Lemon & Pistachio Bars

dscf6876

I’ll be getting to my point shortly, stay with me here.

For the past 5 weeks I’ve been completing an online nutritional course. Mainly for own benefit, I’m not claiming to be a bona fied expert, It was something to get myself stuck into after the lull of Christmas. It was a very interesting course (most of it) and it explored the aims of the New Nordic Diet and to see if it had any glorious health benefits. Like I said, I’m not an expert but I’m guessing that living off a diet of fruit, vegetables, wholegrain and foraging (FORAGING) for berries would probably do most people some good. Everything must be local to Nordic countries, which meant that the food you’d be eating would be seasonal too. Lots of fish and wholegrains such as rye are consumed, but very little meat. Meat, as I’m sure you’re all aware, is incredibly bad for the environment. I’m not preaching, you all eat whatever the hell you want, but I’m now a fully fledged veggie (I ate fish, once in a blue moon ate chicken) after completing that weeks reading.

As much as I wish I lived in Denmark, I don’t. One of the aim’s was that this kind of lifestyle can be adapted to wherever you live. You have the Mediterranean diet, for example, all local, fresh and seasonal. I can see many, many advantages of following a ‘diet’ (a term i’ll use loosely) like this. Not only would you be losing weight healthily (or maintain your weight healthily), you’re improving your overall health, it’s sustainable and most importantly, loads of efforts were made to make the foods super tasty. Take Noma.

It sounds all very well and good, and I’ve been asked whether I’d follow this lifestyle myself. Here’s the tricky bit. I’m all sorted where the fruit, veg, berries, nuts, seeds and wholegrains are concerned and I try and support local businesses as much as I can (which has become a little bit more difficult in the midst of a house move and a budget, but we’re getting back to it, I promise). I’m all for seasonal produce, it takes a bit of time and effort to research but it’s something I’d reeaallly like to get stuck into. However, there are many many foods that aren’t identifiable with Nordic countries, or even here in the UK if you want to see it from that perspective. We’ll use lemons as an example. Lemons do not grow here because unfortunately we don’t have a glorious Mediterranean climate, we have a cold and rainy one. The New Nordic Diet states that I must ensure to source food locally, so instead of lemons I could forage for a herb giving off the same scent and taste as one. Forgive me, but this is what I cannot get on board with. I have a job, I have to travel to and from said job for hours upon end, I now live in the countryside but before I lived on estate in the West Midlands. I will not be finding any lemon-verbena on an estate in the West Midlands. I doubt i’d be finding it other than in my local Waitrose. Does that count? What am I going to add to my gin & tonics??

I do my best in trying to be better person. The new year hasn’t exactly brought me great joy thus far and so I’m feel deflated and not much like a good person at all. This course, although thoroughly interesting and, for the most part, agreeable, made me question whether I wasn’t doing enough to support local and seasonal produce. I’m not and I could probably do a lot better. One of my aims this year was trying something new each week, which has worked well so far as we’ve been cooking meals that aren’t our norm, but now I have a new aim. Although I won’t be swapping my lemons for foraging through the wilderness for alternative herbs, I will be making more of a conscious effort to buy seasonal produce.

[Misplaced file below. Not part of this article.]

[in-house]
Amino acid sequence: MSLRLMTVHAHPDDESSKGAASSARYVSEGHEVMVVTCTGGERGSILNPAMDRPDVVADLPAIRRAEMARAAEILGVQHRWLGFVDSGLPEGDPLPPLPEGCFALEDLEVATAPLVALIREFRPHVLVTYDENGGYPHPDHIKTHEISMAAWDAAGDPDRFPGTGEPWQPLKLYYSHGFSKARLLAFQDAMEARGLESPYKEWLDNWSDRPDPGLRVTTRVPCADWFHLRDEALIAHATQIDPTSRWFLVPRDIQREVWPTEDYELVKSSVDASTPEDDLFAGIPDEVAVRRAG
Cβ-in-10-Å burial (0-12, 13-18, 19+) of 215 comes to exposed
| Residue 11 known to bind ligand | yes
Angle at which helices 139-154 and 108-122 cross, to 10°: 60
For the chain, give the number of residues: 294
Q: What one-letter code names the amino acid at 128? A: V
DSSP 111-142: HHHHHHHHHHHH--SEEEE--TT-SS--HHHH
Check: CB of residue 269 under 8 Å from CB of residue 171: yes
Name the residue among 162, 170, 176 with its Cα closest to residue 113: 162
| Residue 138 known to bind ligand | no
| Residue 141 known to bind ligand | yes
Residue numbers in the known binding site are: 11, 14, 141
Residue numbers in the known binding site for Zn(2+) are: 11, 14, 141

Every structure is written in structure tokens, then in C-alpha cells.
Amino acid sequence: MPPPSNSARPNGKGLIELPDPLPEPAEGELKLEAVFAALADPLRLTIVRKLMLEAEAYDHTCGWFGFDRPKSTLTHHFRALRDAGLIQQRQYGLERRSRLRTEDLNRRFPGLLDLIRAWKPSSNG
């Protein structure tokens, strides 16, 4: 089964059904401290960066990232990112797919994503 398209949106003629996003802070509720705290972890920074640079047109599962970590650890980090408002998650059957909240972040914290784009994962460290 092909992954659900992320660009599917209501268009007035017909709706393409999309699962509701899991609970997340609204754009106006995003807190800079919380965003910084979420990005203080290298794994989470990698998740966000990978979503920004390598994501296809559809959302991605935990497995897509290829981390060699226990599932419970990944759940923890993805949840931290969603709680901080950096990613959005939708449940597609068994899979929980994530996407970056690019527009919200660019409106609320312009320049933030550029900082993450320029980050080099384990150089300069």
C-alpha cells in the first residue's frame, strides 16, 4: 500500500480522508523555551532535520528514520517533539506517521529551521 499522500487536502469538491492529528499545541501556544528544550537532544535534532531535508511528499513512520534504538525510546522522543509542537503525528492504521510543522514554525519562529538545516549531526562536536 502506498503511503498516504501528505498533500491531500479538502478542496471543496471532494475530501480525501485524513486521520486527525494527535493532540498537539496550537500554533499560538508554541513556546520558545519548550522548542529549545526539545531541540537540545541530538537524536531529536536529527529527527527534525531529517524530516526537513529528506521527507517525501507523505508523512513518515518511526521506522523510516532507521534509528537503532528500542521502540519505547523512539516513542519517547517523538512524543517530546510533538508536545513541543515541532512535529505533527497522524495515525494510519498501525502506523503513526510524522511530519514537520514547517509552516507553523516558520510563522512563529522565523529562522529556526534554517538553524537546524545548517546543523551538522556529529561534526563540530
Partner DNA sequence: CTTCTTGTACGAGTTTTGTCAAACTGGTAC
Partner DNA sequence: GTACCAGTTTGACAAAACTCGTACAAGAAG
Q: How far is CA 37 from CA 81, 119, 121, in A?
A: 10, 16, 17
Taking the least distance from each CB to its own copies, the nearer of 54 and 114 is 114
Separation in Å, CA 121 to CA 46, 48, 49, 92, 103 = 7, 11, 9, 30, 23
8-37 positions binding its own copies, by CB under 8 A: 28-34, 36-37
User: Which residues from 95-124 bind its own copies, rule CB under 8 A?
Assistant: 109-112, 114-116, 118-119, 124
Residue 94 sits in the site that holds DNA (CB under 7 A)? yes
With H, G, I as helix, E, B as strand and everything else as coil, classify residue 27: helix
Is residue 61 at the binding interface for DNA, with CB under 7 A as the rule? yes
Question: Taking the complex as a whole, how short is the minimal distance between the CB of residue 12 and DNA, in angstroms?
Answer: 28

dscf6877

After all the talk about lemons, I thought i’d post a recipe showcasing the best of them. Not so much local, but lemons are at the best throughout January, February and March and they add a little bit of sunshine throughout all the doom and gloom of the beginning of the year. I’ve seen quite a few recipes for lemon and pistachio cake recently, two ingredients that I love equally as much but had never tried together. I’ve had a couple of mishaps with the appearance due to a mysterious disappearance of my traybake tray and my oven not cooking at an equal temperate but despite them looking a bit sad and broken, they’re really light and delicate.

dscf6878

blank-facebook-cover

  • 1 cup high quality white chocolate chips, melted
  • 1 cup unsalted butter, melted
  • 1 cup plain flour
  • 3/4 cup sugar
  • 1/4 teaspoon salt
  • eggs
  • 100g/ 2/3 cup unshelled, salted pistachios. Chopped
  1. Preheat the oven to 175C and line a deep baking tray with parchment paper.
  2. Mix together the flour, sugar, salt and eggs. Set aside.
  3. Melt the butter and the chocolate chips carefully, and then fold into the flour mixture.
  4. Fold through the chopped pistachios and pour the batter into the prepared tin.
  5. Smooth over the top with a spatula and bake in the oven for 30-35 minutes. The longer you leave them, the more ‘cake-like’ in texture.
  6. Leave to cool completely before removing from the tray.
Advertisements

2 thoughts on “Lemon & Pistachio Bars

Leave a Reply

Fill in your details below or click an icon to log in:

WordPress.com Logo

You are commenting using your WordPress.com account. Log Out / Change )

Twitter picture

You are commenting using your Twitter account. Log Out / Change )

Facebook photo

You are commenting using your Facebook account. Log Out / Change )

Google+ photo

You are commenting using your Google+ account. Log Out / Change )

Connecting to %s